Dosing—The dose of temozolomide will be different for different patients. The dose that is used will depend on a number of things, including the patient"s body size and various laboratory test results. If you are taking temozolomide at home, follow your doctor"s orders or the directions on the label . If you have any questions about the proper dose of temozolomide, ask your doctor.
Missed dose—If you miss a dose of this medicine, do not double the next one. Check with your doctor for further instructions.
Storage—To store this medicine:
Precautions While Using This Medicine
It is very important that your doctor check your progress at regular visits to make sure that this medicine is working properly and to check for unwanted effects.
While you are being treated with temozolomide, and after you stop treatment with it, do not have any immunizations (vaccinations) without your doctor"s approval . Temozolomide may lower your body"s resistance, and there is a chance you might get the infection that the immunization is meant to prevent. In addition, other persons living in your household should not take oral polio vaccine, since there is a chance they could pass the polio virus on to you. Also, avoid persons who have taken oral polio vaccine within the last several months. Do not get close to them, and do not stay in the room with them for very long. If you cannot take these precautions, you should consider wearing a protective face mask that covers the nose and mouth.
Temozolomide can temporarily lower the number of white blood cells in your blood, increasing the chance of getting an infection. It can also lower the number of platelets, which are necessary for proper blood clotting. If this occurs, there are certain precautions you can take, especially when your blood count is low, to reduce the risk of infection or bleeding:
Side Effects of This Medicine
Along with its needed effects, temozolomide may cause some unwanted effects. Although not all of these side effects may occur, if they do occur they may need medical attention.
Also, because of the way these medicines act on the body, there is a chance that they might cause other unwanted effects that may not occur until months or years after the medicine is used. These may include certain types of cancer, such as leukemia. Discuss these possible effects with your doctor.
Check with your doctor or nurse immediately if any of the following side effects occur:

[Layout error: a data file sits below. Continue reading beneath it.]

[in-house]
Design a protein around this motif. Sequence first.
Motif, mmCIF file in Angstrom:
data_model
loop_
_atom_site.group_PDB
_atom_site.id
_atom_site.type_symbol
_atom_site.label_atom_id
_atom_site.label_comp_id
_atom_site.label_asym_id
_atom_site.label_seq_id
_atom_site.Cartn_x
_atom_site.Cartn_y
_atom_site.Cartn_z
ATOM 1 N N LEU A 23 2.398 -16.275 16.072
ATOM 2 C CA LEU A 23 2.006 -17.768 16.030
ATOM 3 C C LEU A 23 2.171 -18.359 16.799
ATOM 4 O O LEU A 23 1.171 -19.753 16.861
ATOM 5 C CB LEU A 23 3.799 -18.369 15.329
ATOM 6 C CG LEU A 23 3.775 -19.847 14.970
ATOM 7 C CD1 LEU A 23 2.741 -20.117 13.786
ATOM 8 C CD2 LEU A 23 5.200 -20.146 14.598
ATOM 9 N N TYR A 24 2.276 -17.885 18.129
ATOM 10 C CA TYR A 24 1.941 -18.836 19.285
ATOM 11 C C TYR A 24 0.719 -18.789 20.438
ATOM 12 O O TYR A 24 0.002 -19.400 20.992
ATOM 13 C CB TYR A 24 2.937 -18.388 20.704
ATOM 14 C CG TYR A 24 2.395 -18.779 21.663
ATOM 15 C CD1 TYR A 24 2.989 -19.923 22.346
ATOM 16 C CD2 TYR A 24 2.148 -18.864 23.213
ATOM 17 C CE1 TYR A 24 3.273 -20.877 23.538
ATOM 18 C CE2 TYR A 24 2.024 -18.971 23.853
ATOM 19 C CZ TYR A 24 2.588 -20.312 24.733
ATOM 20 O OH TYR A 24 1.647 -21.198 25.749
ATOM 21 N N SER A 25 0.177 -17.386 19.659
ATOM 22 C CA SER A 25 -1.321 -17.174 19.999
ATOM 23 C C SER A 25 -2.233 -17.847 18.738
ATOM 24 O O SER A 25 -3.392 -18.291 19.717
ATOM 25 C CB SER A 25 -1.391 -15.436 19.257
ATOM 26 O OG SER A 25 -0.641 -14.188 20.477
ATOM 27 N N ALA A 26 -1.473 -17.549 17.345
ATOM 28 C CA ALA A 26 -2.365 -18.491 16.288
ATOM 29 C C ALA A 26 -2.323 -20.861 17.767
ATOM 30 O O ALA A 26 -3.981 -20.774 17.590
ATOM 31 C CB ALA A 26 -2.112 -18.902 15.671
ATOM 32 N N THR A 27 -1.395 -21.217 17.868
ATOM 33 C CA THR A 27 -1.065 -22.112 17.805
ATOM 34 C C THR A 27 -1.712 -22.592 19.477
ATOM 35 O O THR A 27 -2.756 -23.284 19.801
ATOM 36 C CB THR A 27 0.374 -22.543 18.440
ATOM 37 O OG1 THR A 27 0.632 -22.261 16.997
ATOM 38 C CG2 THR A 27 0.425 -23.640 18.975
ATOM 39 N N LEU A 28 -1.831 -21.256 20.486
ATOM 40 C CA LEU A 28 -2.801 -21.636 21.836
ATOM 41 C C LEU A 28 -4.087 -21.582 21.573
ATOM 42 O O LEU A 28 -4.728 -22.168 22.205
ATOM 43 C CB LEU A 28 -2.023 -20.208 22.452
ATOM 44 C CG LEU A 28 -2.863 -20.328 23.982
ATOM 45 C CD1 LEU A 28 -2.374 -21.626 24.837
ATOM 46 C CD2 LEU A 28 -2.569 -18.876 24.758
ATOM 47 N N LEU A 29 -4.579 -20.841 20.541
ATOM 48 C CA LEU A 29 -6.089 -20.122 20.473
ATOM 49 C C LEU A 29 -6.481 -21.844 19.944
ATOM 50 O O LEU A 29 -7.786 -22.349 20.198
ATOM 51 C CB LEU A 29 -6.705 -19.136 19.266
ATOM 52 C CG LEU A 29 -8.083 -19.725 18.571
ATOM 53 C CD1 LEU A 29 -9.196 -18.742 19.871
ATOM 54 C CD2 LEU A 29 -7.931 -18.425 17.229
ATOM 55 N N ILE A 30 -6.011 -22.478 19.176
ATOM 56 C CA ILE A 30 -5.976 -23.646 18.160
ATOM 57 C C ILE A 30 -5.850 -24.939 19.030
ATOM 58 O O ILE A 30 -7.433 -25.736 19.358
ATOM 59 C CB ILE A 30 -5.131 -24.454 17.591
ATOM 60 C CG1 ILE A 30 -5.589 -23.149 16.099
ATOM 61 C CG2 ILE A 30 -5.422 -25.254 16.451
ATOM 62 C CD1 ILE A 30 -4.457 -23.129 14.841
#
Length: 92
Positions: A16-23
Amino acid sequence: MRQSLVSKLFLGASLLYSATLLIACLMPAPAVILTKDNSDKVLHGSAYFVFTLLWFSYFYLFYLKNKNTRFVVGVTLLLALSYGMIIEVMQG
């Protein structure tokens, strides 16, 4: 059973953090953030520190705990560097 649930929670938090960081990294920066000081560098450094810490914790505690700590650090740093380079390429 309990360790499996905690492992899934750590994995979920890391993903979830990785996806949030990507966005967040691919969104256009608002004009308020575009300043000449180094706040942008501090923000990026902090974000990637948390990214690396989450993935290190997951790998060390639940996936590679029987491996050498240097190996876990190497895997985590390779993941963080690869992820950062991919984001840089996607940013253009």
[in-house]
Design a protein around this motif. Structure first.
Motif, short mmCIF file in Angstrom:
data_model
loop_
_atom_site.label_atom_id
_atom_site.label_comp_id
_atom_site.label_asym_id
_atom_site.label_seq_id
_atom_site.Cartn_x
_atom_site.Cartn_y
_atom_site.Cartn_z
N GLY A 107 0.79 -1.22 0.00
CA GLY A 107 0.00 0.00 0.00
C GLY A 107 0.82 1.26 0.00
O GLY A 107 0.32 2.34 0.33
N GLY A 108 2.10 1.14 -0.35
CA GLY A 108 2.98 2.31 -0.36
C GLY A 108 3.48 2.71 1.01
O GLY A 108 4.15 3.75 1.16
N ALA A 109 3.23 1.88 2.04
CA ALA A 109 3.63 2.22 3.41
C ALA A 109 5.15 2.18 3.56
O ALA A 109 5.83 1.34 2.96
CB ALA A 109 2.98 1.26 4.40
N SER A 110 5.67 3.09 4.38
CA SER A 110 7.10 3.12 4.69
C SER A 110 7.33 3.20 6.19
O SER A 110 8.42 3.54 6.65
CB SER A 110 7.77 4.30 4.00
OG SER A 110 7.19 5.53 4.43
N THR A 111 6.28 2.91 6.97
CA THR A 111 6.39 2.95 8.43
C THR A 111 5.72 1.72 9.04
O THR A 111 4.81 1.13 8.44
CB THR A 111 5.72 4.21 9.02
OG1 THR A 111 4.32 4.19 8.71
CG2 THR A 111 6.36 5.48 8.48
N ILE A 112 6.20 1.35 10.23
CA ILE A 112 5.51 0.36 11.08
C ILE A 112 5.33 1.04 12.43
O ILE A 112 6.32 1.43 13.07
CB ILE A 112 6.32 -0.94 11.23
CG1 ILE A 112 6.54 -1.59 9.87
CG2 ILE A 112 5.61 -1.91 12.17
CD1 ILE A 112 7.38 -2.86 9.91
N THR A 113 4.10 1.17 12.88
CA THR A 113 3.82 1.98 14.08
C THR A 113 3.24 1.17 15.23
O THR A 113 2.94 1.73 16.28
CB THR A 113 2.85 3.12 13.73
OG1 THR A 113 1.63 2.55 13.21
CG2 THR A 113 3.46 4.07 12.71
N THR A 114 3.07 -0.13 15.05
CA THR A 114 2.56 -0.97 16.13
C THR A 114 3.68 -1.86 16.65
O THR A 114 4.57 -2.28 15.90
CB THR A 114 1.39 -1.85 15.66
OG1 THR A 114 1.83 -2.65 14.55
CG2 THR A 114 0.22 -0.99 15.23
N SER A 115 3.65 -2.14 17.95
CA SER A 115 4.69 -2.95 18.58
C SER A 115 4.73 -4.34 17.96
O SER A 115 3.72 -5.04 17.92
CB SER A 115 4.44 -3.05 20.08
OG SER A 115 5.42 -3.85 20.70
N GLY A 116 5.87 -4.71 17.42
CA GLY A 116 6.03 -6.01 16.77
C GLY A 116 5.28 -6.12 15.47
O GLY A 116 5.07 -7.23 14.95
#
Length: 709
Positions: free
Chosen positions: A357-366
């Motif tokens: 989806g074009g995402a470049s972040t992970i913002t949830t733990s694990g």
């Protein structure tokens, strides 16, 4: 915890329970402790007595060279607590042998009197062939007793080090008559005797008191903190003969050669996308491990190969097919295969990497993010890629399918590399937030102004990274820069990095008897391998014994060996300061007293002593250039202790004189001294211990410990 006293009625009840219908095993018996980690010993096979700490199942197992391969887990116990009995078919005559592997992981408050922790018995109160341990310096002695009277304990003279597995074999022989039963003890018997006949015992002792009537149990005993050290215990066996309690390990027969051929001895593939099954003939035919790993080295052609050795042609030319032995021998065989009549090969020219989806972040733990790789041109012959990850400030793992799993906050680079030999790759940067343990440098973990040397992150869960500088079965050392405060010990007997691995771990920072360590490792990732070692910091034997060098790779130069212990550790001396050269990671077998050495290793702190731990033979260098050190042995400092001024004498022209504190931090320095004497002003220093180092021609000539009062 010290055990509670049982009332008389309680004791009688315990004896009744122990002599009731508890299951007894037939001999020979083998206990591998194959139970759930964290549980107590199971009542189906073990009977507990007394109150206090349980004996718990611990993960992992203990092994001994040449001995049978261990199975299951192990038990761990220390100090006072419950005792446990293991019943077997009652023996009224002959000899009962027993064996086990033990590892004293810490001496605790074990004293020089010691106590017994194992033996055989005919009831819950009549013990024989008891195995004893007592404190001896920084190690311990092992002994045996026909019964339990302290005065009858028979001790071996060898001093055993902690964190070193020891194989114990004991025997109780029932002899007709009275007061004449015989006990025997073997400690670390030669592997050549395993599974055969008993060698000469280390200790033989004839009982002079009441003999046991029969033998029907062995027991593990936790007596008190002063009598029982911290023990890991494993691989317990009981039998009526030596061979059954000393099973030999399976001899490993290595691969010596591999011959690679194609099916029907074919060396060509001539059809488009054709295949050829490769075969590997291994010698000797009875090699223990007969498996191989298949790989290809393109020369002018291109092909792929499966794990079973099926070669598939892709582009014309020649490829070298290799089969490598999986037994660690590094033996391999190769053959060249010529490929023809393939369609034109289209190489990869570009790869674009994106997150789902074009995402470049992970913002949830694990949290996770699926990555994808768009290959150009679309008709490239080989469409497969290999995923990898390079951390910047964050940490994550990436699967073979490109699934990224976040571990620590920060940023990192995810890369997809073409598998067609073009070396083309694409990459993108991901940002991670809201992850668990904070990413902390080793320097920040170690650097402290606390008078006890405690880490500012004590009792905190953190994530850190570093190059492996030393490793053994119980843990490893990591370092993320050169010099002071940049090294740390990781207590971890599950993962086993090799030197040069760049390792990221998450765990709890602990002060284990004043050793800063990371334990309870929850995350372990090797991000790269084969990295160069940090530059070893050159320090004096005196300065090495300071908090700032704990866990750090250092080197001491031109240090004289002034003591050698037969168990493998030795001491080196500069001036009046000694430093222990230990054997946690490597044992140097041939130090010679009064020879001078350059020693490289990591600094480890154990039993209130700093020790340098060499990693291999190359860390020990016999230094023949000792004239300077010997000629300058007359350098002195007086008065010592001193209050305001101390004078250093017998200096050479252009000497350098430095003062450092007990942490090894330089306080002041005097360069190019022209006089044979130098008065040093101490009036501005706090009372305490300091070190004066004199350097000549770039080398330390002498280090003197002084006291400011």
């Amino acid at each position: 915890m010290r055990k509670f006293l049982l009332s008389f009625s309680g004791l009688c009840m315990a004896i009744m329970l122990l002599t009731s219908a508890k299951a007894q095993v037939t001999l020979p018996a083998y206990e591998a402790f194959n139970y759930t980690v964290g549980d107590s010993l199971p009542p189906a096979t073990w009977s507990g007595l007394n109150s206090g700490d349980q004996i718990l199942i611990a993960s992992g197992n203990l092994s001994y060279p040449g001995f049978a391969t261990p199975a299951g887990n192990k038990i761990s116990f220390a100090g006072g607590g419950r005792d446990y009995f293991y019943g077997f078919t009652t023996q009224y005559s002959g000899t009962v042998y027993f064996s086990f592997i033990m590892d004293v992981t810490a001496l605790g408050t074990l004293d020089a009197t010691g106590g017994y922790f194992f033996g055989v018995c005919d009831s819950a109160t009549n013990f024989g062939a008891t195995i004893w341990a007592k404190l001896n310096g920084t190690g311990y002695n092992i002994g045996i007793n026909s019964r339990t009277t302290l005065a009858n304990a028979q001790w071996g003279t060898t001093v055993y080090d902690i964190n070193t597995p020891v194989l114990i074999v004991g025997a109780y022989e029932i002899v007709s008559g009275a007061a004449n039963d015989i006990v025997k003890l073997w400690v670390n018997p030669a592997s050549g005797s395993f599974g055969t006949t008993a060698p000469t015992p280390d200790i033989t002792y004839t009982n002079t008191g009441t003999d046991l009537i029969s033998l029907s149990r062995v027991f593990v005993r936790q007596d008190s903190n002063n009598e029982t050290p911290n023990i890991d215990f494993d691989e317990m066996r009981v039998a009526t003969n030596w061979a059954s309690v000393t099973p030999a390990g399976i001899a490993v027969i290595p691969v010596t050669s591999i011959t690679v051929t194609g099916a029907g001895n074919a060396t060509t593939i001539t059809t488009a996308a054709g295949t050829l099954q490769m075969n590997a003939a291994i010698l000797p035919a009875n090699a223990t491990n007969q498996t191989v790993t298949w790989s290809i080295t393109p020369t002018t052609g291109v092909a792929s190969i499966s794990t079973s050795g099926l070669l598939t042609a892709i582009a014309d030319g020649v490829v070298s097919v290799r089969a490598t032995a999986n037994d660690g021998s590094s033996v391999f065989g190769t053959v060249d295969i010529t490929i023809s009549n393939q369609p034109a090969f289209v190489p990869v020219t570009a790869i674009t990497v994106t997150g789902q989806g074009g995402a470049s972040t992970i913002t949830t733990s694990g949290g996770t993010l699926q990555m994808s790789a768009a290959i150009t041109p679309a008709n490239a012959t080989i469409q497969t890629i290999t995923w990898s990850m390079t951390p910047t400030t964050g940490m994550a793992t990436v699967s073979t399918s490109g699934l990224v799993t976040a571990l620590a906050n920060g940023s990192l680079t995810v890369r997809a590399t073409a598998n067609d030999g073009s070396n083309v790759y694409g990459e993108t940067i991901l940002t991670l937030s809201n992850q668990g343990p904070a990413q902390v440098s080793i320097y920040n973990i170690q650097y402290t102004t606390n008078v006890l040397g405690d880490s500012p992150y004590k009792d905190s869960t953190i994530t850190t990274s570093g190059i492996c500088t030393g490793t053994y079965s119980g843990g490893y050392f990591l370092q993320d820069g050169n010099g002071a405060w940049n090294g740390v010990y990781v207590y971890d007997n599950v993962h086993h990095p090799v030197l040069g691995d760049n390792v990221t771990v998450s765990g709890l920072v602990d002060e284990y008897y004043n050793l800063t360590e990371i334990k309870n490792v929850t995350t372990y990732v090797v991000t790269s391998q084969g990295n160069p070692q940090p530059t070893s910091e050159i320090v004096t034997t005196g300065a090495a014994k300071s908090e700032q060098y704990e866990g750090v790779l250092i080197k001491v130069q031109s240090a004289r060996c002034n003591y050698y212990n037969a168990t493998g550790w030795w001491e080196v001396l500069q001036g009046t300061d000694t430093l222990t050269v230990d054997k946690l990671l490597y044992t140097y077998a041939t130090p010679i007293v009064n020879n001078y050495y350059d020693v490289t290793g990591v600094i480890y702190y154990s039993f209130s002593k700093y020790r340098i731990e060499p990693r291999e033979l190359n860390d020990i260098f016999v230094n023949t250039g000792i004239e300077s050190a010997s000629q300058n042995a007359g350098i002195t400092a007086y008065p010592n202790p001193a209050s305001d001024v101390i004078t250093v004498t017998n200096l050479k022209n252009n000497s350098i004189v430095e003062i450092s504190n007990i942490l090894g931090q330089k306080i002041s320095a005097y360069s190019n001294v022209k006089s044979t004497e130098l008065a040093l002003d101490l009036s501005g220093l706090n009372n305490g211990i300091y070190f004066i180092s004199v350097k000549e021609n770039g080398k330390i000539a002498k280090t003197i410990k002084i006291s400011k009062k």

Less common or rare
Amnesia; black, tarry stools; blood in urine or stools; convulsions (seizures); cough or hoarseness; fever or chills; infection; lower back or side pain; muscle weakness or paralysis on one or both sides of the body; painful or difficult urination; pinpoint red spots on skin; swelling of feet or lower legs; unusual bleeding or bruising
Incidence not determined——Observed during clinical practice; estimates of frequency cannot be determined
Blistering, peeling, loosening of skin; chest pain ; cough; difficulty swallowing; dizziness; fast heartbeat; fever or chills; hives; itching; joint or muscle pain; puffiness or swelling of the eyelids or around the eyes, face, lips or tongue; sneezing ; shortness of breath; skin rash; sore throat; troubled breathing; tightness in chest; unusual tiredness or weakness; wheezing
Other side effects may occur that usually do not need medical attention. These side effects may go away during treatment as your body adjusts to the medicine. However, check with your doctor if any of the following side effects continue or are bothersome:
Constipation; headache; nausea and vomiting; unusual tiredness or weakness
Less common or rare
Abdominal or stomach pain; anxiety; blurred or double vision; breast pain (in females); burning or prickling feeling on the skin; confusion; diarrhea; difficulty in speaking; dizziness; drowsiness; loss of appetite; loss of muscle coordination; mental depression; muscle pain; runny or stuffy nose; skin rash or itching; sore throat; trouble in sleeping; unusual weight gain; urinary incontinence or increased urge to urinate
Other side effects not listed above may also occur in some patients. If you notice any other effects, check with your doctor.
Once a medicine has been approved for marketing for a certain use, experience may show that it is also useful for other medical problems. Although this use is not included in product labeling, temozolomide is used in certain patients with the following medical condition:
Other than the above information, there is no additional information relating to proper use, precautions, or side effects for this use.